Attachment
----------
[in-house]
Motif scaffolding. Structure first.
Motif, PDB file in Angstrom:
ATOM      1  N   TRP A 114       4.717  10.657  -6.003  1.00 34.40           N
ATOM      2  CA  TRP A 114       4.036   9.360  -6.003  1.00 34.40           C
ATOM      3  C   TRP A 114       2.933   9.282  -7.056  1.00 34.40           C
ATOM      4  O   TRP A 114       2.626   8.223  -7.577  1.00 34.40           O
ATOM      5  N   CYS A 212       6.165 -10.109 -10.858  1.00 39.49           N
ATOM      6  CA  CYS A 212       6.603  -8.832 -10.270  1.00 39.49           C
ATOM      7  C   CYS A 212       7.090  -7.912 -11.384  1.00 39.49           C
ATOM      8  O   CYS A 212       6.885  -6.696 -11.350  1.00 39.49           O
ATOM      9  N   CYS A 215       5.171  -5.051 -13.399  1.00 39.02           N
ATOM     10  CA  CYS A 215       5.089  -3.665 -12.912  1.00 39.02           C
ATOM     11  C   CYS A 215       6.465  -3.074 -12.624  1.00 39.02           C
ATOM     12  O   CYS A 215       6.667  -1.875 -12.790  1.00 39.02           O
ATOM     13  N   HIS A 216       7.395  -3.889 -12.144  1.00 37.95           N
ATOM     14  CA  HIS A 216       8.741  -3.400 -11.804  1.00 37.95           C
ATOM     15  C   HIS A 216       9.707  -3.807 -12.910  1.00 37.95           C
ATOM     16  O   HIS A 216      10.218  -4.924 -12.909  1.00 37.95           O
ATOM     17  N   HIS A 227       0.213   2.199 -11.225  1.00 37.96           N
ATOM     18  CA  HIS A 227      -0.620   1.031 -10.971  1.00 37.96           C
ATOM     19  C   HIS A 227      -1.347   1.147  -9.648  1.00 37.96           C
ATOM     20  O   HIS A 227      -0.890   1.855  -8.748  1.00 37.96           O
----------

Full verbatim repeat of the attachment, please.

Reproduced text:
[in-house]
Motif scaffolding. Structure first.
Motif, PDB file in Angstrom:
ATOM      1  N   TRP A 114       4.717  10.657  -6.003  1.00 34.40           N
ATOM      2  CA  TRP A 114       4.036   9.360  -6.003  1.00 34.40           C
ATOM      3  C   TRP A 114       2.933   9.282  -7.056  1.00 34.40           C
ATOM      4  O   TRP A 114       2.626   8.223  -7.577  1.00 34.40           O
ATOM      5  N   CYS A 212       6.165 -10.109 -10.858  1.00 39.49           N
ATOM      6  CA  CYS A 212       6.603  -8.832 -10.270  1.00 39.49           C
ATOM      7  C   CYS A 212       7.090  -7.912 -11.384  1.00 39.49           C
ATOM      8  O   CYS A 212       6.885  -6.696 -11.350  1.00 39.49           O
ATOM      9  N   CYS A 215       5.171  -5.051 -13.399  1.00 39.02           N
ATOM     10  CA  CYS A 215       5.089  -3.665 -12.912  1.00 39.02           C
ATOM     11  C   CYS A 215       6.465  -3.074 -12.624  1.00 39.02           C
ATOM     12  O   CYS A 215       6.667  -1.875 -12.790  1.00 39.02           O
ATOM     13  N   HIS A 216       7.395  -3.889 -12.144  1.00 37.95           N
ATOM     14  CA  HIS A 216       8.741  -3.400 -11.804  1.00 37.95           C
ATOM     15  C   HIS A 216       9.707  -3.807 -12.910  1.00 37.95           C
ATOM     16  O   HIS A 216      10.218  -4.924 -12.909  1.00 37.95           O
ATOM     17  N   HIS A 227       0.213   2.199 -11.225  1.00 37.96           N
ATOM     18  CA  HIS A 227      -0.620   1.031 -10.971  1.00 37.96           C
ATOM     19  C   HIS A 227      -1.347   1.147  -9.648  1.00 37.96           C
ATOM     20  O   HIS A 227      -0.890   1.855  -8.748  1.00 37.96           O